Getting approved for your very first credit card can be an exciting and thrilling experience. Suddenly a whole new world is open to you and the opportunity to build your credit score seems like a great possibility. But for many Americans, the excitement of a new line of credit can quickly give in to a feeling of dread and worry. While a credit card can be a great tool for building your financial future, if you don’t have the skills to manage your money, it can become a nightmare.
All consumers should be aware of their credit score by checking their credit report. Amongst other benefits, periodically checking your score ensures that fraudulent activity is timely recognized and can also help in planning for indebtedness from a car loan, mortgage, or student loan. Most online credit cards or banks allow the account owner to obtain their credit score for free. Some credit card companies and banking institutions use different credit score calculating models such as FICO or Creditwise. If your credit card company or bank does not offer this free service, a free credit report can be obtained at AnnualCreditReport.com. No matter which direction a consumer goes in, they should always stay on top of their credit status.
Having a good credit score is important for an individual in our economy. The higher your credit score the better rates you are going to obtain on loans, which will save you money over the course of repaying the loan. Thus, a solid credit history can have a significant impact on your quality of life, how much money you pay on loans as well as determine whether you can get loans at all.
The choice to file bankruptcy is one that shouldn’t be taken lightly. It will have an effect on your future credit and could also cause issues with your self-image and even your reputation. However, it is also important to keep in mind that filing for bankruptcy can greatly improve your short-term quality of life, stopping harassing phone calls and letters and allowing you to begin a fresh start with your finances.
A credit report is a statement that contains various information regarding an individual’s credit activity and current credit status such as a debt payment history and the status of current credit accounts. The report contains information about a person’s addresses, how they pay their bills, whether they’ve been arrested or sued, and whether they have filed for bankruptcy.
There are three major credit reporting agencies (“CRAs”): TransUnion, Equifax, and Experian. CRAs sell information contained within a credit report to creditors, insurers, employers, and businesses that use the information to evaluate applications for credit, insurance, employment, obtaining a loan or renting housing. Scoring companies, such as FICO, take information from a consumer’s credit report and put it into a formula to come up with a credit score. FICO scores range from 300 to 850. The number represents an estimate of a person’s “credit worthiness” or likelihood that they will default on a debt.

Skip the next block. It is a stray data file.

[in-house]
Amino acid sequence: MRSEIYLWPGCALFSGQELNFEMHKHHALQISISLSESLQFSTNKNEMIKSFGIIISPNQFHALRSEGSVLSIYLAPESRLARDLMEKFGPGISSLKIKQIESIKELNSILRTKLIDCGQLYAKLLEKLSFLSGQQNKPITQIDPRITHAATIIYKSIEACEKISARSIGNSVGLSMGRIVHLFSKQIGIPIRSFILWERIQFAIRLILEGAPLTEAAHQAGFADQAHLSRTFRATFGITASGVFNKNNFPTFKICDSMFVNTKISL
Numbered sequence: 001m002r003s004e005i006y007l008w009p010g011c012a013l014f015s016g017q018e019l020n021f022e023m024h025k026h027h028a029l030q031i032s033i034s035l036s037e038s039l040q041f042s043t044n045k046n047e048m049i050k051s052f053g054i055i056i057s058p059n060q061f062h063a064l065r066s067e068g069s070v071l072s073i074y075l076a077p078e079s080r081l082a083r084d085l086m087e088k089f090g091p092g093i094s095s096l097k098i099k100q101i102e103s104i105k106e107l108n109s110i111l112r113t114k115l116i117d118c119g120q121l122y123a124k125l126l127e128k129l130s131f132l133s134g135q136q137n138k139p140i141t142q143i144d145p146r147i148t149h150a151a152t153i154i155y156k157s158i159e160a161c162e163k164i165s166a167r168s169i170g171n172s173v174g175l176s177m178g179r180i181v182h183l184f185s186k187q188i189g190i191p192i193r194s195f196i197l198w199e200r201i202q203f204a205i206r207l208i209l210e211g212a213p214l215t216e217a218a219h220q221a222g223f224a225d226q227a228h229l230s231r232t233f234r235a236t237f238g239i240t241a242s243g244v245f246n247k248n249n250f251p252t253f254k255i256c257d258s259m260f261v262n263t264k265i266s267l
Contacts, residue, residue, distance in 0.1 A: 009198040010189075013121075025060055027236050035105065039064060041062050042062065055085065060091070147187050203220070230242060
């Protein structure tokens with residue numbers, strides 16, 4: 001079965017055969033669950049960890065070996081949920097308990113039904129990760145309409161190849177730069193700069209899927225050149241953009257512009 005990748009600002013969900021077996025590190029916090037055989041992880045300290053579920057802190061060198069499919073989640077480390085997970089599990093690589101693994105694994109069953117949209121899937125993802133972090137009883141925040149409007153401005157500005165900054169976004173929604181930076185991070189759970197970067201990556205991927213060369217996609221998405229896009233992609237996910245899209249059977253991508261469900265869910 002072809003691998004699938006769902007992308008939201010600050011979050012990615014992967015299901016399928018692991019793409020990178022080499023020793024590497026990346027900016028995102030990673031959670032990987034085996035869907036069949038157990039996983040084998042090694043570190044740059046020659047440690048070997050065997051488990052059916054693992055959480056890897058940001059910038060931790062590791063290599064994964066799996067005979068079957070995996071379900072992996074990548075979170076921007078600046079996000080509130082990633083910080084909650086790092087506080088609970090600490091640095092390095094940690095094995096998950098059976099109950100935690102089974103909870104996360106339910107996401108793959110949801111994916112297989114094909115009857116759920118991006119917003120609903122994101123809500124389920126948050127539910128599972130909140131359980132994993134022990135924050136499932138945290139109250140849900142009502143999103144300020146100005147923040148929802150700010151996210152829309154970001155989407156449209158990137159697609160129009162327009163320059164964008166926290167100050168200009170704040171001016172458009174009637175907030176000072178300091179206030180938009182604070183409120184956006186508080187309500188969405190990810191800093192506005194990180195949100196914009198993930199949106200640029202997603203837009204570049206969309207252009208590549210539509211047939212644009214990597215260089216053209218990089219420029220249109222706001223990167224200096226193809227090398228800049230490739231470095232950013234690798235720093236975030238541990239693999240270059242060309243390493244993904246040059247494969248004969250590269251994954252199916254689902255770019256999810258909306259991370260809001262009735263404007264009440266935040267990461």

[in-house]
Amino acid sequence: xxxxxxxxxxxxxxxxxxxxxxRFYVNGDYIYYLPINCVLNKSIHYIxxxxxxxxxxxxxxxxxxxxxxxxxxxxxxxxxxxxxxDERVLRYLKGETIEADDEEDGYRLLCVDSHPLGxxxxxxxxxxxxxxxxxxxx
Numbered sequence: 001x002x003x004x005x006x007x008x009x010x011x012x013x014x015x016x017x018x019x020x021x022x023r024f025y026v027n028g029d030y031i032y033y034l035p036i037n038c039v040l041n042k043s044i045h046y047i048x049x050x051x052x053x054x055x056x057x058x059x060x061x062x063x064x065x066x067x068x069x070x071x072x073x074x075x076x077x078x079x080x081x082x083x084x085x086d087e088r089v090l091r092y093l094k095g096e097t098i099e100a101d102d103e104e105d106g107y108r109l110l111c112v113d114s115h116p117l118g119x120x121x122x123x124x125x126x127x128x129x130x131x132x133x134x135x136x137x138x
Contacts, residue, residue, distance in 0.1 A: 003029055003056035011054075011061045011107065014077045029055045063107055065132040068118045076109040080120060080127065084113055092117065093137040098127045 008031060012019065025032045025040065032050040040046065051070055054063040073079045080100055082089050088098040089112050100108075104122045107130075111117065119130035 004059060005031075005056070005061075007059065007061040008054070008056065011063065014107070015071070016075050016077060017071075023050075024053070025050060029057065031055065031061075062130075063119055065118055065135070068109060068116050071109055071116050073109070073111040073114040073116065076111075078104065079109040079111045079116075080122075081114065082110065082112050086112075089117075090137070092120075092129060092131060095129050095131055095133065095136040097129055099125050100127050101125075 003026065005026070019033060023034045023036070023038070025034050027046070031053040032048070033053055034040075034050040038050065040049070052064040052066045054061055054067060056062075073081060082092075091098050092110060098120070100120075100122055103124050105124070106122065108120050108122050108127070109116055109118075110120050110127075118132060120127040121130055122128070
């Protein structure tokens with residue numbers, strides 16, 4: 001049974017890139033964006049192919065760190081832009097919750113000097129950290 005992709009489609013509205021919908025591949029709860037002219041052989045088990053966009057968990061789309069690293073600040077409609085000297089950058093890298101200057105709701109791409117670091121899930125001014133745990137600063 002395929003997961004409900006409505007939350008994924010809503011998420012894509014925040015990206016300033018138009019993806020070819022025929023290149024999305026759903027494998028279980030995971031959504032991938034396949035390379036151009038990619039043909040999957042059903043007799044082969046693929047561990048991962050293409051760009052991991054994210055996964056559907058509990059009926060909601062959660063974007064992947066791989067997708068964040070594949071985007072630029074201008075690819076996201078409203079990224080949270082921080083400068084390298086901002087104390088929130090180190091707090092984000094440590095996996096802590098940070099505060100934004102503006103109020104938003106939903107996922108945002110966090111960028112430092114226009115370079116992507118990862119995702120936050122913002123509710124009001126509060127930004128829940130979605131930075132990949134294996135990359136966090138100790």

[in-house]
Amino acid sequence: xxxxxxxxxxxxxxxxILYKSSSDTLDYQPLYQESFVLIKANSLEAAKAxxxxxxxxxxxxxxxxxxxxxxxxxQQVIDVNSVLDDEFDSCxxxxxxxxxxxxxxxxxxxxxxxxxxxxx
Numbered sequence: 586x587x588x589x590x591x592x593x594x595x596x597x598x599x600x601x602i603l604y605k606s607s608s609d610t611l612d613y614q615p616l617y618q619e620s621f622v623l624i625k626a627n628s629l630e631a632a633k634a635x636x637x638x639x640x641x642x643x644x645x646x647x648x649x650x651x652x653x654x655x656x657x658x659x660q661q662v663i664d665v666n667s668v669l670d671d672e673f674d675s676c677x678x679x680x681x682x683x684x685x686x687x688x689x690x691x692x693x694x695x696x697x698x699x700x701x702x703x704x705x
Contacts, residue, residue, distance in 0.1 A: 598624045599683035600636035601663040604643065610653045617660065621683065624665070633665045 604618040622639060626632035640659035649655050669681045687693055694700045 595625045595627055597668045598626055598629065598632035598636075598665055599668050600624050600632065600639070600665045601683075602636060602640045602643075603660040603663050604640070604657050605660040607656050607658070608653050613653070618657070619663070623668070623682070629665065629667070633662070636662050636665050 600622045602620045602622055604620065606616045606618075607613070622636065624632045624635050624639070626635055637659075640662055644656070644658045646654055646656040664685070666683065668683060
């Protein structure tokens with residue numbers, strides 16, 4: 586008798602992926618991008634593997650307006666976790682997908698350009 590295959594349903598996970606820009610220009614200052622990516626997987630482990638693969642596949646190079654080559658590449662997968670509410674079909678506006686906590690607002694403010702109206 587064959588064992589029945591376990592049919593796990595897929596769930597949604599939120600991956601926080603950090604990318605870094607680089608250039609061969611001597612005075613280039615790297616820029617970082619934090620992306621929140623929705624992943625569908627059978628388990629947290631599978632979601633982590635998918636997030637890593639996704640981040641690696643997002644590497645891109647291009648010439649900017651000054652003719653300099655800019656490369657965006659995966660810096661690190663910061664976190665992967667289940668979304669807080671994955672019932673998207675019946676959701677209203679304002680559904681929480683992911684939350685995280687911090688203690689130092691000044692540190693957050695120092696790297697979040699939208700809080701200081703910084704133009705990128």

A bankruptcy can last on your credit for up to ten years after the filing, but it does not mean that you cannot get credit in those ten years. It may be harder to get credit initially after the bankruptcy, but you can get credit again and there are ways to rebuild your credit more quickly.
Prior to filing bankruptcy, a debtor is required to take a credit briefing before the petition is filed, and attend a financial management course before the debtor is entitled to receive a discharge. The requirement is only for consumer debtors if the bankruptcy is filed under Chapters 7 or 13. If the debts are primarily business debts, then there is no requirement for the Credit Counseling before filing the bankruptcy. The credit counseling must be taken within 180 days of the filing of the bankruptcy case.
Losing a home in any situation is a tragic event for a homeowner in New Jersey. If financial troubles have led to the foreclosure of a home, many homeowners exhaust their efforts to keep their home. Filing for bankruptcy might be able to halt or prolong the process. However, in some cases a homeowner may still end up losing his or her home. This leaves the homeowner pondering many questions such as ways to rebuild his or her credit or improve his or her financial health. Additionally he or she may wonder if his or her days of owning a home are forever over.
Credit card and debt consolidation companies like to conjure up many "doom and gloom" scenarios as to why a consumer should avoid bankruptcy. They like make it sound as if you would never be able to repair your credit rating once you have leapt over the precipice of bankruptcy.
Of course, much of this is hot air and advertising puffery. After you file a bankruptcy, how difficult is it for you to reestablish your credit? In reality, it is not very hard, assuming you have stable employment and you avoid the problem that caused your bankruptcy in the first place.
Two of the most common questions I receive from individuals contemplating filing for bankruptcy are:
How long will the bankruptcy filing remain on my credit report; and
What can I do to rebuild my credit after receiving a bankruptcy discharge?